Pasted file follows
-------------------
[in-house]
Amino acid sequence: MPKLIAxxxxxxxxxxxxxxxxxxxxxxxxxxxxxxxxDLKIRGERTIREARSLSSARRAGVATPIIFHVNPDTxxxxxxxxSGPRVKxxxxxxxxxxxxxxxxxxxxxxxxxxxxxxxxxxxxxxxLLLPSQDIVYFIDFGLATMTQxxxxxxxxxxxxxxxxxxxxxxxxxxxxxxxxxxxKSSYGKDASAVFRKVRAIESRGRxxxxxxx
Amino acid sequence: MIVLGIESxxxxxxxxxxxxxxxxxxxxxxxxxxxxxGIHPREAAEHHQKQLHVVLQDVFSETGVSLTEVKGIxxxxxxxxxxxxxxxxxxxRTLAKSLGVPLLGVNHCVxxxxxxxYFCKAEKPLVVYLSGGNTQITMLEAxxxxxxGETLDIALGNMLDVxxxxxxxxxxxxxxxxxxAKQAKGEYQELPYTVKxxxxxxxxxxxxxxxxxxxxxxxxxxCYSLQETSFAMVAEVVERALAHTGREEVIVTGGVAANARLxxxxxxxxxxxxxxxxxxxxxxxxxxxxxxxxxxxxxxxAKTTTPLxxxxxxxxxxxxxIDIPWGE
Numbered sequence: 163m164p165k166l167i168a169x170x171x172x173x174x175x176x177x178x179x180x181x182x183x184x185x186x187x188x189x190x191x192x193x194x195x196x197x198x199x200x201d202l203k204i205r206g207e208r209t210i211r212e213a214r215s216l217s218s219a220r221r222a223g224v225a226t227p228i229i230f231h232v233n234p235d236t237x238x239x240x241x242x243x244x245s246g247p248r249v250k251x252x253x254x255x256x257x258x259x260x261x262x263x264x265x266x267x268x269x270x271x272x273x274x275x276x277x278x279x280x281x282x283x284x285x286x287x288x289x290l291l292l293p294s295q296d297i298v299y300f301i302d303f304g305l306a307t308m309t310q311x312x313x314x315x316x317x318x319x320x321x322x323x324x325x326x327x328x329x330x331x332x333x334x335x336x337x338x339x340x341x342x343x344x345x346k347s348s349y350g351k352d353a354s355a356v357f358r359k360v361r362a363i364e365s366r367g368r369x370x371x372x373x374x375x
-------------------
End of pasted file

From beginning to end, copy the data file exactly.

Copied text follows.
[in-house]
Amino acid sequence: MPKLIAxxxxxxxxxxxxxxxxxxxxxxxxxxxxxxxxDLKIRGERTIREARSLSSARRAGVATPIIFHVNPDTxxxxxxxxSGPRVKxxxxxxxxxxxxxxxxxxxxxxxxxxxxxxxxxxxxxxxLLLPSQDIVYFIDFGLATMTQxxxxxxxxxxxxxxxxxxxxxxxxxxxxxxxxxxxKSSYGKDASAVFRKVRAIESRGRxxxxxxx
Amino acid sequence: MIVLGIESxxxxxxxxxxxxxxxxxxxxxxxxxxxxxGIHPREAAEHHQKQLHVVLQDVFSETGVSLTEVKGIxxxxxxxxxxxxxxxxxxxRTLAKSLGVPLLGVNHCVxxxxxxxYFCKAEKPLVVYLSGGNTQITMLEAxxxxxxGETLDIALGNMLDVxxxxxxxxxxxxxxxxxxAKQAKGEYQELPYTVKxxxxxxxxxxxxxxxxxxxxxxxxxxCYSLQETSFAMVAEVVERALAHTGREEVIVTGGVAANARLxxxxxxxxxxxxxxxxxxxxxxxxxxxxxxxxxxxxxxxAKTTTPLxxxxxxxxxxxxxIDIPWGE
Numbered sequence: 163m164p165k166l167i168a169x170x171x172x173x174x175x176x177x178x179x180x181x182x183x184x185x186x187x188x189x190x191x192x193x194x195x196x197x198x199x200x201d202l203k204i205r206g207e208r209t210i211r212e213a214r215s216l217s218s219a220r221r222a223g224v225a226t227p228i229i230f231h232v233n234p235d236t237x238x239x240x241x242x243x244x245s246g247p248r249v250k251x252x253x254x255x256x257x258x259x260x261x262x263x264x265x266x267x268x269x270x271x272x273x274x275x276x277x278x279x280x281x282x283x284x285x286x287x288x289x290l291l292l293p294s295q296d297i298v299y300f301i302d303f304g305l306a307t308m309t310q311x312x313x314x315x316x317x318x319x320x321x322x323x324x325x326x327x328x329x330x331x332x333x334x335x336x337x338x339x340x341x342x343x344x345x346k347s348s349y350g351k352d353a354s355a356v357f358r359k360v361r362a363i364e365s366r367g368r369x370x371x372x373x374x375x